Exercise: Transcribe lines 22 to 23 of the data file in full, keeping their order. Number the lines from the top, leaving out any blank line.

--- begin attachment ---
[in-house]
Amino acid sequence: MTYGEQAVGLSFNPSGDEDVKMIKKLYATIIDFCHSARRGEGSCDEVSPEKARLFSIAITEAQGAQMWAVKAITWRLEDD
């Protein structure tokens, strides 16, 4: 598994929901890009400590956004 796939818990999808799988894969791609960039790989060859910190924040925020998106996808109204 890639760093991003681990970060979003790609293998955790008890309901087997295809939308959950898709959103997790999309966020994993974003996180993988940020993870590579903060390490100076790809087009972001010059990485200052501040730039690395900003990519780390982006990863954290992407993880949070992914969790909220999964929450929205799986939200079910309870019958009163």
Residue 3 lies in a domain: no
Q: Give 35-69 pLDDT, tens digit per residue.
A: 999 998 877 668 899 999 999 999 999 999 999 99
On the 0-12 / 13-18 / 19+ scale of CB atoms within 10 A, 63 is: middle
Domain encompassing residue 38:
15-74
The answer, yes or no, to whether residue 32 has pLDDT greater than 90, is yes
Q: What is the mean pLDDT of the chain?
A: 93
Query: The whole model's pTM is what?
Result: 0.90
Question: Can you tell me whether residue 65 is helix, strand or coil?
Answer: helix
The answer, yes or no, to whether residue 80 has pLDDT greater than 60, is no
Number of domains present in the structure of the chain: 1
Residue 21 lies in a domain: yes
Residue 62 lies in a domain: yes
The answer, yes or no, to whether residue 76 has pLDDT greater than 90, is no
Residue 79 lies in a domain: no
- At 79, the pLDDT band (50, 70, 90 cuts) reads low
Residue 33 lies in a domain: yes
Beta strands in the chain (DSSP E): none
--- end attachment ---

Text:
Residue 79 lies in a domain: no
- At 79, the pLDDT band (50, 70, 90 cuts) reads low